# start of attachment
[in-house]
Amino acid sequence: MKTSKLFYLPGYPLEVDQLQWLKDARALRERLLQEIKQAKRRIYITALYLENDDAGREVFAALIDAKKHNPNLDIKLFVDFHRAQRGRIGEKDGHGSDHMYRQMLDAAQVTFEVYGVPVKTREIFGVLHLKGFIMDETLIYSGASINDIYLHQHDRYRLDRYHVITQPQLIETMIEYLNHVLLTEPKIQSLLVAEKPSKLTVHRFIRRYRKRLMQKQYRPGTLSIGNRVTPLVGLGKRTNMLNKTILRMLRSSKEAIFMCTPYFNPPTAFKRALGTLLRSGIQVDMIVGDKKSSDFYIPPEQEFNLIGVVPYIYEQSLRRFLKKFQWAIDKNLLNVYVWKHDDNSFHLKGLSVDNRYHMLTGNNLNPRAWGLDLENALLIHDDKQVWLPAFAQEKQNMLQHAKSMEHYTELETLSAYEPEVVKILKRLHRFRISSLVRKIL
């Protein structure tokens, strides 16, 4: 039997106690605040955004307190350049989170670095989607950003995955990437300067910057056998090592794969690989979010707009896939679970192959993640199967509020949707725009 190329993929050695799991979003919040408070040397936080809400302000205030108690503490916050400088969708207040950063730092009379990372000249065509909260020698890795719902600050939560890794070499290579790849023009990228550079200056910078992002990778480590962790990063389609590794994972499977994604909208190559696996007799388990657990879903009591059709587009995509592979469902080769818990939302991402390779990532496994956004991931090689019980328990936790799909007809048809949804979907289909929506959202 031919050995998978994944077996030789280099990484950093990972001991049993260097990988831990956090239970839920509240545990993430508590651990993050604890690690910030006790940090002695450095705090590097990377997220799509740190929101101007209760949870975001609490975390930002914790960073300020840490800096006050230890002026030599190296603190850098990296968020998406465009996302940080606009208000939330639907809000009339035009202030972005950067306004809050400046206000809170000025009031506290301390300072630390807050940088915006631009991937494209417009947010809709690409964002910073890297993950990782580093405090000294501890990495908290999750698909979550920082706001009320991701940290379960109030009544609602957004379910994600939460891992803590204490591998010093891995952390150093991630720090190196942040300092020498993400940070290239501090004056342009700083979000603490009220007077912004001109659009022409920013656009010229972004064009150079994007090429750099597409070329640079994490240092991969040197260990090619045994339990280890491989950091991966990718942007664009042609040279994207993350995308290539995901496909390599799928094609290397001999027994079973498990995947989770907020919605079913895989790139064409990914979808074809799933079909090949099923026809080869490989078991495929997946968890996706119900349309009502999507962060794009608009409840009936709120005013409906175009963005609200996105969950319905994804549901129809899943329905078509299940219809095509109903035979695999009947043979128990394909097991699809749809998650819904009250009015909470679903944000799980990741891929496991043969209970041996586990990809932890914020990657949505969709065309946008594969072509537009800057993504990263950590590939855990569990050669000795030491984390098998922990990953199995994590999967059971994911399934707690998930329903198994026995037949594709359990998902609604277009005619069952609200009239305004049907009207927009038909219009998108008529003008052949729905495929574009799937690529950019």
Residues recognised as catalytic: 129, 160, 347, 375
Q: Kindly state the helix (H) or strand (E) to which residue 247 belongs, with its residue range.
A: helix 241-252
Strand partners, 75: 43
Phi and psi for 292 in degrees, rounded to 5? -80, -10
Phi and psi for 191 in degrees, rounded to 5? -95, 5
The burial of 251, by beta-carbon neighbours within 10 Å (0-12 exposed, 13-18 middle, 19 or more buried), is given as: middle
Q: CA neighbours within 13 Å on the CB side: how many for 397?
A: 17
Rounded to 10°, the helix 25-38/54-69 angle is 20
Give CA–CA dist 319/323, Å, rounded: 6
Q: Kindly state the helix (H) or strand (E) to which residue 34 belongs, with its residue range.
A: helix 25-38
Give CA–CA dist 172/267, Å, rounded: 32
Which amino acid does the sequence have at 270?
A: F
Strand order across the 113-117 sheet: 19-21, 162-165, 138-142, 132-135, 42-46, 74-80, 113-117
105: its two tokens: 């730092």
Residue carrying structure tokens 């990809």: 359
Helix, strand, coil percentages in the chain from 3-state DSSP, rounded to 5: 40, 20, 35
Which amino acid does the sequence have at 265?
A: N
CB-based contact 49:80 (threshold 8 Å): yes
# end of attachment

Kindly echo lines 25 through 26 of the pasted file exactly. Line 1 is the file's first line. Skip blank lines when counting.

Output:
A: N
CB-based contact 49:80 (threshold 8 Å): yes